ORG $4000
Start:
        PSHS   A,B
        LDA    #'H
        LDB    #'I
        STD    $500
        PULS   A,B,PC
        END    Start

Save the program as mycode.asm

This is the command I use to from LWTOOLS to assemble my 6809 source code:

lwasm -9bl -p cd -oNEW.BIN mycode.asm

You should see:

            ( mycode.asm):00001 ORG $4000
4000        ( mycode.asm):00002 Start:
4000 3406   ( mycode.asm):00003 [5+2] PSHS A,B
4002 8648   ( mycode.asm):00004 [2] LDA #'H
4004 C649   ( mycode.asm):00005 [2] LDB #'I
4006 FD0500 ( mycode.asm):00006 [6] STD $500
4009 3586   ( mycode.asm):00007 [5+4] PULS A,B,PC
            ( mycode.asm):00008 END Start

In the lwasm output there are numbers in the square brackets, these numbers are the CPU cycles used for each line of code.  This can be helpful if you want to figure out how to optimize your assembly code for the max speed or best size as there are many tricks to speeding up code at the cost of size and vice versa.

If you want to capture the assembly output to a file called listing.txt use this command. It’s useful to keep the output file to refer back to when debugging your code since it will have the addresses of the code in memory of the instructions…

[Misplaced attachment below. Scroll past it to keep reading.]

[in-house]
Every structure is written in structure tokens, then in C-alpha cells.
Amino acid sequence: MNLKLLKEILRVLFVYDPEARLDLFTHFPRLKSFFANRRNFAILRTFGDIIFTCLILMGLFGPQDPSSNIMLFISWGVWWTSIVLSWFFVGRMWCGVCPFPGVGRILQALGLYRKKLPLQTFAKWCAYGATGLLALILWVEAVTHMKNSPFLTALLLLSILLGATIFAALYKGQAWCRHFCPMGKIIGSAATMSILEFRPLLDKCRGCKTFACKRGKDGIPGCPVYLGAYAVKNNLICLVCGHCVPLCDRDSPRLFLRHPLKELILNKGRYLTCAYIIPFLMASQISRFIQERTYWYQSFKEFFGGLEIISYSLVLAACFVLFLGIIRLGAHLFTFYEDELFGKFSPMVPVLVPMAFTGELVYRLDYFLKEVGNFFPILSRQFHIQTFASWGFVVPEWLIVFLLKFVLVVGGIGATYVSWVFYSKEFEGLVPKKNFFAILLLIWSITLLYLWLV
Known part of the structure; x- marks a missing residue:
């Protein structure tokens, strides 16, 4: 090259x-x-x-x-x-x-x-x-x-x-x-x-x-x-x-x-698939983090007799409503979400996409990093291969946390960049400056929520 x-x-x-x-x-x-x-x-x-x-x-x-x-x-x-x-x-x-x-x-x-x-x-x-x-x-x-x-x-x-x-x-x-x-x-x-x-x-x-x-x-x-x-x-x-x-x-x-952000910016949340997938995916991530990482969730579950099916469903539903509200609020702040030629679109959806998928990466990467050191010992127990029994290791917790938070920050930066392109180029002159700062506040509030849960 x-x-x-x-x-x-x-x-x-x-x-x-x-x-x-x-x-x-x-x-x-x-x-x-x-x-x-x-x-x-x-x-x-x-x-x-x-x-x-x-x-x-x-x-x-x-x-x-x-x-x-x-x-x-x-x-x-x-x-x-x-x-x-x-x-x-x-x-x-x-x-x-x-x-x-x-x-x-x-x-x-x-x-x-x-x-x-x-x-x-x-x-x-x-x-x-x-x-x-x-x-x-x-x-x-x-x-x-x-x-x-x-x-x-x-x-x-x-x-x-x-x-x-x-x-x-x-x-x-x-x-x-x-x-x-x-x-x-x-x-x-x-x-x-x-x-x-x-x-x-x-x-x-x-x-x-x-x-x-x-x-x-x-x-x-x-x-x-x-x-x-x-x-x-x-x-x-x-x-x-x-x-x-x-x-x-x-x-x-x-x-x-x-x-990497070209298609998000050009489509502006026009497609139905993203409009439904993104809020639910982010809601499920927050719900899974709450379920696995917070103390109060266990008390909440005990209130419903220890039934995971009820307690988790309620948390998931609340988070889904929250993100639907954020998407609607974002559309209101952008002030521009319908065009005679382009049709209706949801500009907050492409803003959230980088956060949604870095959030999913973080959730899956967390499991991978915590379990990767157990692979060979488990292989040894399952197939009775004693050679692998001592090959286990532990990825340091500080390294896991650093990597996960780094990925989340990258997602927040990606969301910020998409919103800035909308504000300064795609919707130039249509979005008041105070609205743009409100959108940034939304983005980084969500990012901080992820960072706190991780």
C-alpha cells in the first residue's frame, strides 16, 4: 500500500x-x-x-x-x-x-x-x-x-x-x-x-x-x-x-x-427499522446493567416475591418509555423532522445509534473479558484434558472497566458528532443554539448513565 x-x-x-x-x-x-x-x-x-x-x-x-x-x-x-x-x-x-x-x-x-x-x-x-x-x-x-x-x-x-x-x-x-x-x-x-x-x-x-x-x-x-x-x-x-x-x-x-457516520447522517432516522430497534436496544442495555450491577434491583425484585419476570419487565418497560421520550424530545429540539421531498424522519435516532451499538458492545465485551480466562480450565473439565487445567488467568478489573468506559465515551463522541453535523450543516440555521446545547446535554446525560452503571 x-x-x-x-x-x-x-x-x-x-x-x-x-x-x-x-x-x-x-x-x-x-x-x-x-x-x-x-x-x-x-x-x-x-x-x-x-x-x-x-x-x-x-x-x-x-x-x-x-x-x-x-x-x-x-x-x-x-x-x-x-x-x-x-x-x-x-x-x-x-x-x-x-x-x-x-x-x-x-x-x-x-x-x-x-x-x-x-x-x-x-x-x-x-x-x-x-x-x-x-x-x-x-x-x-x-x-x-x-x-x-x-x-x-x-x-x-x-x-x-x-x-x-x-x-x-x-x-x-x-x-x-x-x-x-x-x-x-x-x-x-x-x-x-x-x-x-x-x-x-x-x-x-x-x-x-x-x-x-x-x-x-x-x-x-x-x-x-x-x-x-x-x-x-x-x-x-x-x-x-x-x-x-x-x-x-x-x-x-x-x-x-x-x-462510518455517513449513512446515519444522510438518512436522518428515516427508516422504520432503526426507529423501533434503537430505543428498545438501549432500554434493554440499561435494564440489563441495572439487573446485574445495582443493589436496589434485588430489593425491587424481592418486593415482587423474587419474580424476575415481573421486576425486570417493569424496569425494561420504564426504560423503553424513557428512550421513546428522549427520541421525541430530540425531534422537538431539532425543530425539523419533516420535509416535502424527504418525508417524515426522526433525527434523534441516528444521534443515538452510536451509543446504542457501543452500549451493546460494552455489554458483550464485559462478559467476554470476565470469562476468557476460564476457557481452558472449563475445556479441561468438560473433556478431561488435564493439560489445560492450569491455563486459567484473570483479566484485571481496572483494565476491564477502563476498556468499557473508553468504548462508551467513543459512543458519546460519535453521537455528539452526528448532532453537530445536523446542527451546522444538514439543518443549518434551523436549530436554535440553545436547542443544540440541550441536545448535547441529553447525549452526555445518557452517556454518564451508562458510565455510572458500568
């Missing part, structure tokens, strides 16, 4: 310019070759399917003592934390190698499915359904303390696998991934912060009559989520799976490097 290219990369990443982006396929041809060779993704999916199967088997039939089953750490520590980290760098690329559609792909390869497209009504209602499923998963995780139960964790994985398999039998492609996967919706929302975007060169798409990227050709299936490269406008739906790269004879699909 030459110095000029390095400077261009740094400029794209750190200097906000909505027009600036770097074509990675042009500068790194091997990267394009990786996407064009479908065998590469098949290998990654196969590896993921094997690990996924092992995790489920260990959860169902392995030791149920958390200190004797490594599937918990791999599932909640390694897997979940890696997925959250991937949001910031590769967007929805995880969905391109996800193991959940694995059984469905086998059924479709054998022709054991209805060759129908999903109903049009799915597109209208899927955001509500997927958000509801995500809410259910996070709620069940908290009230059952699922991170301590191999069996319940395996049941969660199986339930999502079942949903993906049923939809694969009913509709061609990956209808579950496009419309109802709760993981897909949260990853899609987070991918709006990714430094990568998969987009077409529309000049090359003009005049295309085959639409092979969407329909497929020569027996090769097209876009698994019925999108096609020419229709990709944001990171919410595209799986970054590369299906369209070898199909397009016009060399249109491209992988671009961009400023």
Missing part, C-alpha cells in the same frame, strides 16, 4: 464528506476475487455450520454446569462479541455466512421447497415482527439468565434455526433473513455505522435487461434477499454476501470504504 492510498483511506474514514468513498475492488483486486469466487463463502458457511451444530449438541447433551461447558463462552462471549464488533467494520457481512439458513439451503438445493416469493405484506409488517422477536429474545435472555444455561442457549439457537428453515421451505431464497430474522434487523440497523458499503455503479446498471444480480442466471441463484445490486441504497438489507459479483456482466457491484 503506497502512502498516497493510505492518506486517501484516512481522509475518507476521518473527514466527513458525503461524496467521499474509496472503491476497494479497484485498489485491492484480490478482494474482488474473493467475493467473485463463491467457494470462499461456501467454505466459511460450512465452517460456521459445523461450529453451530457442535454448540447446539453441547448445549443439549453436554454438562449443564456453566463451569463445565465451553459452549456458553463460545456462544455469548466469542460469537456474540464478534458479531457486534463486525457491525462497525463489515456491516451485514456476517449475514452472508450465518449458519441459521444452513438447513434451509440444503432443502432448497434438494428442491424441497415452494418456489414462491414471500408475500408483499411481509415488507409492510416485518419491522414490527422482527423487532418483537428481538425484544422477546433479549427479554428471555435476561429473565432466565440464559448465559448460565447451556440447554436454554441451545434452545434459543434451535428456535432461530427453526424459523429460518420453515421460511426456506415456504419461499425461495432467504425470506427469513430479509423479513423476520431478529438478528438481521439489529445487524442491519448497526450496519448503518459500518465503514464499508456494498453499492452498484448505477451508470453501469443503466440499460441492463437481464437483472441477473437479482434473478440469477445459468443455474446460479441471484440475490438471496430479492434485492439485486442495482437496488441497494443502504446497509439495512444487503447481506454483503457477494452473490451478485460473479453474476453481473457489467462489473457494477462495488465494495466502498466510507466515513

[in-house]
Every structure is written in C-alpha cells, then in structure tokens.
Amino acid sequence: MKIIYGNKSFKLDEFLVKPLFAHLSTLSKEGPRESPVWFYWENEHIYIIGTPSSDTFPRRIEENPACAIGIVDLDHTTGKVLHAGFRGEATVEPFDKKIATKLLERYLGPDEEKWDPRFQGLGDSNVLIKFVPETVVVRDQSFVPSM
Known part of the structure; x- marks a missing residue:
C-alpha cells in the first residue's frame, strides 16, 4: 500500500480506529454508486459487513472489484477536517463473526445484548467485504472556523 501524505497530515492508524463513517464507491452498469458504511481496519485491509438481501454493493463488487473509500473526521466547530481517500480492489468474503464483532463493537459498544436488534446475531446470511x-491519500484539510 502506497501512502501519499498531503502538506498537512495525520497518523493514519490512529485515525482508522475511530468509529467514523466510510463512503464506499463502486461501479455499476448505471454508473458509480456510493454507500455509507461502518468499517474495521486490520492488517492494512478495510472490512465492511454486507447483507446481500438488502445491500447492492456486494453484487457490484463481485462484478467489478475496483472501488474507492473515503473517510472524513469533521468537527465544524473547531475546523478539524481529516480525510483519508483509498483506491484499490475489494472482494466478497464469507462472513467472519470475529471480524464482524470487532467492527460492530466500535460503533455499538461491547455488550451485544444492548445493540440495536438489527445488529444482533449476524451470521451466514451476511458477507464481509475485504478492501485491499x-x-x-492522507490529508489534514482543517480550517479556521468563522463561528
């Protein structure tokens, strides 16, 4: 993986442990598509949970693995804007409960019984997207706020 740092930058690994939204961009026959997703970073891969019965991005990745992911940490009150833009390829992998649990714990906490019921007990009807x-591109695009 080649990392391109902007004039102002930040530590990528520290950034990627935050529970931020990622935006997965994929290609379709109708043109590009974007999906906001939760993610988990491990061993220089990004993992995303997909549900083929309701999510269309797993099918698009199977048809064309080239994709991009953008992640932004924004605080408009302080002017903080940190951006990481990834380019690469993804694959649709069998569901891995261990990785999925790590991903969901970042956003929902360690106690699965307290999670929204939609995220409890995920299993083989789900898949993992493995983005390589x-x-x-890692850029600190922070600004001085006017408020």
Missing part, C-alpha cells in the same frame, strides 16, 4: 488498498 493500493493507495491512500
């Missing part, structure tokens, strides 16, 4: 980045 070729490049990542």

lwasm -9bl -p cd -oNEW.BIN mycode.asm > listing.txt

The above command options tells lwasm to generate our output code as an RSDOS “LOADM” compatible 6809 program.

Once you have your program assembled OK as NEW.BIN you have to transfer it to the .DSK image so it can be run with the emulator we use imgtool for this.

imgtool put coco_jvc_rsdos Disk1.dsk NEW.BIN TEST.BIN

The above command tells imgtool to put or copy the file NEW.BIN into the disk image file called Disk1.dsk use the CoCo RSDOS format of coco_jvc_rsdos and save the file on the disk with the name TEST.BIN

Another useful feature of imgtool is to delete files from an image to delete the file TEST.BIN on the .dsk file use the following:

imgtool del coco_jvc_rsdos Disk1.dsk TEST.BIN

Imgtool also has many more features, type the imgtool without any options to see all the features.

Let’s test and debug our program using MAME:

mame coco3 -window -debug -flop1 Disk1.dsk

This starts mame up in it’s debugger mode and you will see the following window, or similar with windows and linux.

It’s important to note that the mame debugger always uses hex values for its input and output as a default.